Afterward, Charlie expresses his concerns about Don's ability to handle the stresses of FBI work to their father, Alan Eppes (Judd Hirsch), and they conclude that Don should be able to handle the stresses of his work because of his family ties. Don, taking into consideration Alan's earlier suggestion about dating again, goes to Robin's house to see her.



Robert Port wrote "Guns and Roses", and he and Numb3rs technical consultant/writer Mark Llewellyn, a retired FBI agent, wrote the story. They based the episode on the common occurrence of law enforcement officers committing suicide. Port found the use of the Holmes-Rahe stress scale and incorporated it into the episode. They referenced a previous case to set up the situation where Charlie questions Don's belief that Davis could not have committed suicide. The tension between the FBI and the ATF and the ATF's practice session were based on real-life tension between the agencies and the real-life practice sessions. Port constantly included the word "Mexico" in the dialogue to connect the story's subplots.[2]

Inspired by an article about the group, Port and Andrew Black, one of the show's researchers, consulted with DNAPrint Genomics, a company which used DNA to identify suspects by their geographical origin. Black also contributed Larry's objection to the use of DNA profiling. Port also consulted with National Geographic geneticist Spencer Wells, who provided the equations for the episode.[2]

Show creator Nicolas Falacci's comment about the use of an acoustics test in the JFK assassination inspired Port to include one in the episode. Port consulted Paul Ginsberg, an acoustics engineer, for details about the test. Dr. Gary Lorden, one of the math consultants, provided the equations for the audience-vision comparing figure skating ratings to the case.[2]


The crew filmed around the LA Center Studios, the studios where Numb3rs filmed. Originally, the crew wanted to shoot some scenes, such as the scene where Charlie and Amita discuss Don's social life, at the California Institute of Technology (Caltech). They were unable to do so since they had used the 18 days that the university allotted them earlier in the season. They then decided to film those scenes at the studio. The shootout toward the end of the episode, also filmed at the LA Center Studios, took two days to film. The crew also filmed the first scene featuring Don and Robin at a local gun range.[2]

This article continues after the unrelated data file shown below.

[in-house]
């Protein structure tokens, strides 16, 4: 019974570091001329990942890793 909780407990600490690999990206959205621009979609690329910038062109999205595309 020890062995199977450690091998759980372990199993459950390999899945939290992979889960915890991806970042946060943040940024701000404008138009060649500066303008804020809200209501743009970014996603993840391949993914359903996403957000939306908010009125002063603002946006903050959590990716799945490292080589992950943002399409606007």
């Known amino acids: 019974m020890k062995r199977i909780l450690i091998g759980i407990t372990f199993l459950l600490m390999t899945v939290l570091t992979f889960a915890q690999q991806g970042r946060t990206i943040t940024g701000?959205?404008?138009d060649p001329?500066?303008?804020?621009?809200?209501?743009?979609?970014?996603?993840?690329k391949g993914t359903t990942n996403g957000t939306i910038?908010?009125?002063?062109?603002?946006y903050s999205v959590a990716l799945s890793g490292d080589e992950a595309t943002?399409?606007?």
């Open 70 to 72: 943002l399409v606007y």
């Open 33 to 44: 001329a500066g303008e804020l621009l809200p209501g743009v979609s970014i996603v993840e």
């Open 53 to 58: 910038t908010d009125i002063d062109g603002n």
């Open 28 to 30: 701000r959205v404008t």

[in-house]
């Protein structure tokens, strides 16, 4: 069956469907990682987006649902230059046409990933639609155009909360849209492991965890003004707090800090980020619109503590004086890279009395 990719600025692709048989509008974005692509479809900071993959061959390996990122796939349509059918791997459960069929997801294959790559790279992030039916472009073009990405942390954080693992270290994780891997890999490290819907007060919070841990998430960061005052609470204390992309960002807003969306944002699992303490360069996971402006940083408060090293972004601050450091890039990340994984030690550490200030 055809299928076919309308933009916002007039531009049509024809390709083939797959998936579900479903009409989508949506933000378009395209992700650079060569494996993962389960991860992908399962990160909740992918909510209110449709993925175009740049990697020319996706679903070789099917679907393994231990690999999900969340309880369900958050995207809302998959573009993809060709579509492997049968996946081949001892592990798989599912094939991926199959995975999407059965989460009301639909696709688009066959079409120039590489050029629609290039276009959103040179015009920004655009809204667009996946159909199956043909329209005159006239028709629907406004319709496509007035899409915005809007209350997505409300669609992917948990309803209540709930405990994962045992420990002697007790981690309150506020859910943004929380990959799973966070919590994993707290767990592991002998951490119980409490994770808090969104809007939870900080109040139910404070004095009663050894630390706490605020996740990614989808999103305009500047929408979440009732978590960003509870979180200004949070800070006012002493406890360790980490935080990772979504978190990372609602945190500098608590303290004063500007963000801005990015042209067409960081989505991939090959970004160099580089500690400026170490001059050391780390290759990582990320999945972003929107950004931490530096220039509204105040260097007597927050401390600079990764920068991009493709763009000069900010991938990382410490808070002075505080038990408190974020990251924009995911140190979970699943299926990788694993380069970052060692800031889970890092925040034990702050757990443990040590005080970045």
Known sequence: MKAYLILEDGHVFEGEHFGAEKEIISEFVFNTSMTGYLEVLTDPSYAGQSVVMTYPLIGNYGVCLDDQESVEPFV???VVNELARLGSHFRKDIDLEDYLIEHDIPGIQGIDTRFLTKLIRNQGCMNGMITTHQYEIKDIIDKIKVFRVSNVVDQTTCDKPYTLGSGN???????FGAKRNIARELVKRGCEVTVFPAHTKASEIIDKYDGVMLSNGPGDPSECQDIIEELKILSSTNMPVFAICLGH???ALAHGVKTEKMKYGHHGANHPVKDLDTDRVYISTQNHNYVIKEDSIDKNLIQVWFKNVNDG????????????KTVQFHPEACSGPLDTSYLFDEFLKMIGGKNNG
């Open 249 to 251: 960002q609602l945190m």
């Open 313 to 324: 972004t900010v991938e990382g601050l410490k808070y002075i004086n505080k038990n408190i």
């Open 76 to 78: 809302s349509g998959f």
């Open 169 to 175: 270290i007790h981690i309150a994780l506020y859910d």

Casting notes[edit]

After reading about FBI agents' lives, actor Rob Morrow asked the producers to explore the impact of FBI work on Don's personal and social life.[3] Writers planned for Don to have a relationship with someone who was not a regular cast member.[4] Michelle Nolden, who had previously worked with Morrow on Showtime's Street Time, was cast as AUSA Robin Brooks.[3] The episode marked Nolden's second appearance, with the first being in "The O.G."[2]

Also, Port and Llewellyn had written the scene where Charlie, Larry, David performed the acoustics test with Bill Nye in mind. Nye was unable to shoot the scene due to a speaking engagement, so the scene was written for Larry.[2]


Over 12.09 million people in the United States watched "Guns and Roses".[5] The episode received a mixed reception from critics. Cynthia Boris of DVD Verdict called the episode a "dark story".[6] David Hochman of stated that the romantic aspect of the episode was "promising" and that it was Don's "biggest personal story line yet".[3]


  1. ^ "The O.G.". Numb3rs. Season 2. Episode 12. January 6, 2006. 
  2. ^ a b c d e f Robert Port (writer), Mark Llewellyn (writer), Andrew Black (researcher), Rob Morrow (actor) (2007). Guns and Roses--Commentary by Robert Port, Mark Llewellyn, Andrew Black, and Rob Morrow (DVD (Numb3rs: Season 2)). CBS Studios, Inc. 
  3. ^ a b c David Hochman (April 21, 2006). "Numbers Romances Start to Add Up". Today's News: Our Take. Retrieved January 6, 2010. 
  4. ^ Michael Ausiello (February 1, 2006). "Any scoop on Numbers, ..." Today's News: Our Take. Retrieved September 2, 2009. 
  5. ^ Columbia Broadcasting System (Press Release) (April 25, 2006). "CBS Places First in Viewers for the Sixth Consecutive Week". The Futon Critic. Retrieved September 16, 2009. 
  6. ^ Boris, Cynthia (November 1, 2006). "Case Number 10267--Numb3rs: The Complete Second Season". DVD Verdict. Archived from the original on November 18, 2009. Retrieved January 1, 2010. 

External links[edit]